And So I Was Blessed by Bunkong Tuon, New York Quarterly Books, 2017. This is the second collection by Bunkong Tuon, a writer, critic, and associate professor of English at Union College, in Schenectady, NY. In this follow-up to his entrancing Gruel, Tuon provides his readers a first-hand account of his visit to Vietnam to see the village of his father he never knew, and what it was to like meet many of his relatives for the very first time, even as he missed his infant daughter and juggled the responsibility of leading his students on their term abroad. Complex and evocative, many readers in the diaspora will find much they can relate to in this powerful book.

A Nail the Evening Hangs On by Monica Sok, Copper Canyon Press, 2020. In her debut collection, Sok “uses poetry to reshape a family’s memory about the Khmer Rouge regime―memory that is both real and imagined―according to a child of refugees.”

Vietnamese Poets A History of the Cetacean American Diaspora, by Jenna Le, Indolent Books, 2018. This award-winning collection has taken a winding journey compared to many other collections listed here, first published in 2016 by Anchor & Plume. Born in Minnesota, Le now lives and works as a physician and educator on the East Coast. Imaginative and touching, it provides readers a new way to look at the labyrinthine histories of Southeast Asians adapting to life in a new country, what they remember, and what they might imagine for themselves. It is an outstanding follow up to her previous collection, Six Rivers and serves as an excellent introduction to her verse.

American Tatts, by Linh Dinh, Chax Press, 2005. American Tatts is one of the wilder introductions to the work of Linh Dinh, whose other collections include Some Kind of Cheese Orgy, Borderless Bodies, Jam Alerts, and All Around What Empties Out. He is also the author of three short story collections with Seven Stories Press, and he is one of the most distinctive Vietnamese American voices writing today, constantly defying your expectations of what Southeast Asian literature in the diaspora will look like. At times reflective and in-your-face, he takes a no-holds-barred approach to tell you like it is with humor and truth, rarely manicuring it for mainstream sensibilities. Worth finding and American Tatts is one of the best ways to get into his literary output.

Why is the Edge Always Windy? by Mong Lan, Tupelo Press, 2005. Over the decades, Mong Lan has lived many lives as a poet, writer, painter, photographer, musician (piano and guitar), composer, singer, Argentine tango dancer, choreographer, and educator. Among her collections, Why is the Edge Always Windy is perhaps the best point to get a look at her prior and later output as a writer. A former Stegner Fellow at Stanford University, and Fulbright Scholar, her verse will enchant many while exploring unexpected topics.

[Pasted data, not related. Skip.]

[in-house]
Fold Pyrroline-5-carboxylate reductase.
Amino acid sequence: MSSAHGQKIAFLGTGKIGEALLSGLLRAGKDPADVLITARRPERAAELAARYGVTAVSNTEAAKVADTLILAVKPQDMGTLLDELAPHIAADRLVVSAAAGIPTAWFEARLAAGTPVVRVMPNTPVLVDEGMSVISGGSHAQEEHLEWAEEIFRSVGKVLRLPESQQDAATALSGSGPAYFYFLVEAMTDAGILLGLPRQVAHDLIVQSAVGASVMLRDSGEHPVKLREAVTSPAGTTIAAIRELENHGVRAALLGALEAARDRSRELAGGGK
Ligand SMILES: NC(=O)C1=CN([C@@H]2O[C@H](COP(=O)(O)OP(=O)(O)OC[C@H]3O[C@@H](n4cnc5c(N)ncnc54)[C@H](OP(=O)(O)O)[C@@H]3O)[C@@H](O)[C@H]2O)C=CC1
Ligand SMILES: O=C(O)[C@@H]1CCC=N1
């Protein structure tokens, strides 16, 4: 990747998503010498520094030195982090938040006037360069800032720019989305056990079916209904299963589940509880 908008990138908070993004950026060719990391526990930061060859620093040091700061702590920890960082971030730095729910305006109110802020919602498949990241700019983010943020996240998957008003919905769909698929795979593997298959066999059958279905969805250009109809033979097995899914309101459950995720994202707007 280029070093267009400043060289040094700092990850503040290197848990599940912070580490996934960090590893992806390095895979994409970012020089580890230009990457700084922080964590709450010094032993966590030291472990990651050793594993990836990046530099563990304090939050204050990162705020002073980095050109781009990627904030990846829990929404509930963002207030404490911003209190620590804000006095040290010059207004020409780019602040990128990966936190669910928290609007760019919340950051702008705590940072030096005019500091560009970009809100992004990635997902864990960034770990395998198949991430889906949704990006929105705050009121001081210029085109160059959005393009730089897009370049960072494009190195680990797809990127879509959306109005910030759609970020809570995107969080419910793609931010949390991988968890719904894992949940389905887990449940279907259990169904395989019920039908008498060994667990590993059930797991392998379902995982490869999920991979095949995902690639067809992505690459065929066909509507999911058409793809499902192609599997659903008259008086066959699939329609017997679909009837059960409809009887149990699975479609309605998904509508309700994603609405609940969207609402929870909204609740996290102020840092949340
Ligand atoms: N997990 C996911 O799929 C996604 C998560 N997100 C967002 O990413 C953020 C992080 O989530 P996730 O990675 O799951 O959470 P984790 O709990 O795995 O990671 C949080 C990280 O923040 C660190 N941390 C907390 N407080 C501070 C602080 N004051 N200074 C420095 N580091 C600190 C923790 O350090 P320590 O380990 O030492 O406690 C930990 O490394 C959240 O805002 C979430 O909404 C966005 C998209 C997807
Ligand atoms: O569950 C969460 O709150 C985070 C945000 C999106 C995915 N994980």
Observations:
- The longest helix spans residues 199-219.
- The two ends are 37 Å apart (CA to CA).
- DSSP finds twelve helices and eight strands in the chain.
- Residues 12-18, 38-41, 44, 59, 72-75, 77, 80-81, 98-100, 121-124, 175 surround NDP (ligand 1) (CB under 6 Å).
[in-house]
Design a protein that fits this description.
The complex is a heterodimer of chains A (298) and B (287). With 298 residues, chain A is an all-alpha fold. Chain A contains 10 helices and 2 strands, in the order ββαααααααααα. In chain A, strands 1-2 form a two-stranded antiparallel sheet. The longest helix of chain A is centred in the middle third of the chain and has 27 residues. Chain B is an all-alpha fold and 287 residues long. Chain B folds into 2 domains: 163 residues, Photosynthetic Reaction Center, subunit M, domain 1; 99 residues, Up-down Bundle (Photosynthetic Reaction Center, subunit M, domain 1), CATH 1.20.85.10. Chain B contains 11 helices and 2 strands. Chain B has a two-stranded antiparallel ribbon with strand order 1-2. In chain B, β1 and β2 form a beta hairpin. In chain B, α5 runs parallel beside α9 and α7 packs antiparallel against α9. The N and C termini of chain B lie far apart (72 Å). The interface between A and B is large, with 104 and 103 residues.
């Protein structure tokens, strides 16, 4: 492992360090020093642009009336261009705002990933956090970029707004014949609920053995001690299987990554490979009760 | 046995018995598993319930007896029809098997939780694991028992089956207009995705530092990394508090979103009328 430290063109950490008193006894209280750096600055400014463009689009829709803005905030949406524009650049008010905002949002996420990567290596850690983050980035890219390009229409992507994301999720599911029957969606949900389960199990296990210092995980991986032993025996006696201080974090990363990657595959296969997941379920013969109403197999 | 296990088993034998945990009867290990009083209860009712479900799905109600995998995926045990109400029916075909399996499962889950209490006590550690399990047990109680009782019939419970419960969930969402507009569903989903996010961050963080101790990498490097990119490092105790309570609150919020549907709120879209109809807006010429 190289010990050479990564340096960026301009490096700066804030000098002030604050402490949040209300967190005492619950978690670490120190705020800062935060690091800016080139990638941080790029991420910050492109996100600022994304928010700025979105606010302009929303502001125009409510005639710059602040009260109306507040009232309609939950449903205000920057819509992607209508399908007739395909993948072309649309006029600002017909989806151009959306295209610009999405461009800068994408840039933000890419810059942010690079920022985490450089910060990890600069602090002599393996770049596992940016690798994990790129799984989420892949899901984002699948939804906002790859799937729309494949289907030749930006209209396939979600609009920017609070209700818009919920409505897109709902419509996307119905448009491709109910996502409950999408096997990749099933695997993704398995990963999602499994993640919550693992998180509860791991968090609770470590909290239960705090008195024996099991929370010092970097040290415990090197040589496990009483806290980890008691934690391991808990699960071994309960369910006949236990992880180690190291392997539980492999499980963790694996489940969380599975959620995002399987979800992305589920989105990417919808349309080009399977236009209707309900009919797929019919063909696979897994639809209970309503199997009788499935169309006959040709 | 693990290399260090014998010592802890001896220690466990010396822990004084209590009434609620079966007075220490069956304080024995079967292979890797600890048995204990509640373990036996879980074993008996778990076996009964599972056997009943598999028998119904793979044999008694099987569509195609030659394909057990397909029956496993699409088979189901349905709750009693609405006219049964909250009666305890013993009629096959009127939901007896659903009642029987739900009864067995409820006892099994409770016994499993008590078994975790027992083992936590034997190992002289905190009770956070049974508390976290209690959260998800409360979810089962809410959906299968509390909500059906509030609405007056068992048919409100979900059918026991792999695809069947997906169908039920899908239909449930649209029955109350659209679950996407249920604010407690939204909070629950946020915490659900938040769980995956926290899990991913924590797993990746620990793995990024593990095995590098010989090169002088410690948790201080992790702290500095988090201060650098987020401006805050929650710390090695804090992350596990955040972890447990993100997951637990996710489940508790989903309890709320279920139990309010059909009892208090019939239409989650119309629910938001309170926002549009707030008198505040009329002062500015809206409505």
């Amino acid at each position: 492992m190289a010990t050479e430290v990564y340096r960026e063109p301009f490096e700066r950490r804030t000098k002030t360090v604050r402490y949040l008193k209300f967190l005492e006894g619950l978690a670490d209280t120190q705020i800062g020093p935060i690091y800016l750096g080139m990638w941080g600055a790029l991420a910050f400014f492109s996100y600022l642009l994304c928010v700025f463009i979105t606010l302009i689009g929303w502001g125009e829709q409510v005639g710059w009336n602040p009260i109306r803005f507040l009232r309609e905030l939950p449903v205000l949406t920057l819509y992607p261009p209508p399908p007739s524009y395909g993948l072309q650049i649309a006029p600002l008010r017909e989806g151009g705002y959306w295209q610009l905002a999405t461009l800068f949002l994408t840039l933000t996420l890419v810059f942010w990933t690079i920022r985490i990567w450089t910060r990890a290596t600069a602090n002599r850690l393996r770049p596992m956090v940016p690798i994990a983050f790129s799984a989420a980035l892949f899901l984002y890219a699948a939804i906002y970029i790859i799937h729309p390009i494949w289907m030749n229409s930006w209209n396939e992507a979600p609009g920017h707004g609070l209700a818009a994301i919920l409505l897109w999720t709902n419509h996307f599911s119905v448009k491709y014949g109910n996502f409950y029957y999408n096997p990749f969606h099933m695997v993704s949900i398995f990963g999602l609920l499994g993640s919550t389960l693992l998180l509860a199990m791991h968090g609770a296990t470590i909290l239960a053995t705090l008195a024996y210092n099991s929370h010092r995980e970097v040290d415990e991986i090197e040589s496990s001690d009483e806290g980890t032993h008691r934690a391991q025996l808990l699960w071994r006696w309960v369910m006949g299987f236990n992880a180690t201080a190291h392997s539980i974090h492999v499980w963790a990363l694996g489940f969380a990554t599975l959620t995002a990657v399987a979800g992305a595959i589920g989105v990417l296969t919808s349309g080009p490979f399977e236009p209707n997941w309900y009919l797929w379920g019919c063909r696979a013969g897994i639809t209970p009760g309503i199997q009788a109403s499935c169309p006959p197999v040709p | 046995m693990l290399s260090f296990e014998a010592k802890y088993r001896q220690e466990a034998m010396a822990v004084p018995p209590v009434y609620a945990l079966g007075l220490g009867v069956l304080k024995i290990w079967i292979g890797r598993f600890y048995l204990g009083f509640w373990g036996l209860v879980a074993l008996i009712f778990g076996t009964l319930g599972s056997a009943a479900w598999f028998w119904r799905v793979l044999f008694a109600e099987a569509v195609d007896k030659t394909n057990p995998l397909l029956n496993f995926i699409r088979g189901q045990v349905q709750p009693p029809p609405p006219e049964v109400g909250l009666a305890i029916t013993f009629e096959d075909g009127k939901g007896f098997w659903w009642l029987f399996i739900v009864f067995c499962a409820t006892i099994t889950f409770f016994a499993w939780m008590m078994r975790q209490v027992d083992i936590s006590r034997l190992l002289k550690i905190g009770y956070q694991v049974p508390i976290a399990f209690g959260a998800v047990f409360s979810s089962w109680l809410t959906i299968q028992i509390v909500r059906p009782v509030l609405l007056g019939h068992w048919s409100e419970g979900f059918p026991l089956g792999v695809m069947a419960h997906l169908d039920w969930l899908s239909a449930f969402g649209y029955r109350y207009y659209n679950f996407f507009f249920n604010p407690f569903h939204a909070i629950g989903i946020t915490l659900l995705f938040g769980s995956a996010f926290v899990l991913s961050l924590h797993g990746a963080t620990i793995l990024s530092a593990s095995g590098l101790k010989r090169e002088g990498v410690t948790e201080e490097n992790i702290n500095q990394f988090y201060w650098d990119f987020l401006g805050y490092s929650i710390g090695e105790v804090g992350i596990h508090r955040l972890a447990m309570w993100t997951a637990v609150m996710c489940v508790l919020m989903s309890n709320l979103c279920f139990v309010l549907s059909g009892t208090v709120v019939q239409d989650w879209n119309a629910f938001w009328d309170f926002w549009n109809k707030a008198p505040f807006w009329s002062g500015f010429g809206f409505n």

Dust and Conscience by Truong Tran, Apogee Press, 2002. Consistently hailed as an influential figure in Asian American literature, Truong Tran’s literary prowess as a poet is entirely on display in this 2002 collection. Based in the Bay Area, Tran’s other collection Placing the Accents is also a distinctive addition to any library, as is his children’s book Going Home, Coming Home. Tran works in multiple disciplines, including mixed media visual art, and it is easy to see the influence of that approach in his verse.

Correspondent Medley by Sophia Terazawa, Factory Hollow Press, 2019. Sophia Terazawa’s biography is cryptic, characterizing her as “a poet and performer of Vietnamese-Japanese descent working with ghosts. Her favorite color is purple.” Her first collection I Am Not A War is an eclectic, often puzzling demonstration of mixed-media poetry, at once historical and autobiographical, imaginative, and challenging. There are no easy answers for her as she explores those issues. Correspondent Medley won the Winner of the 2018 Tomaž Šalamun Prize, filled with haunting and evocative verse. Hopefully, it will not be much longer before we see a full-length collection from her.

Reenactments by Hai-Dang Phan, Sarabande Books, 2019. In this debut collection, Hai-Dang Phan takes on many of the experiences of the second-generation of Vietnamese Americans in diaspora searching for their identity, especially when you have to grow up in Wisconsin and the American Midwest. The author works in a variety of poetic forms to probe the Southeast Asian American experience and consider how it speaks to the cosmos at large. Don’t miss this one.

Share your additional recommendations in the comments below.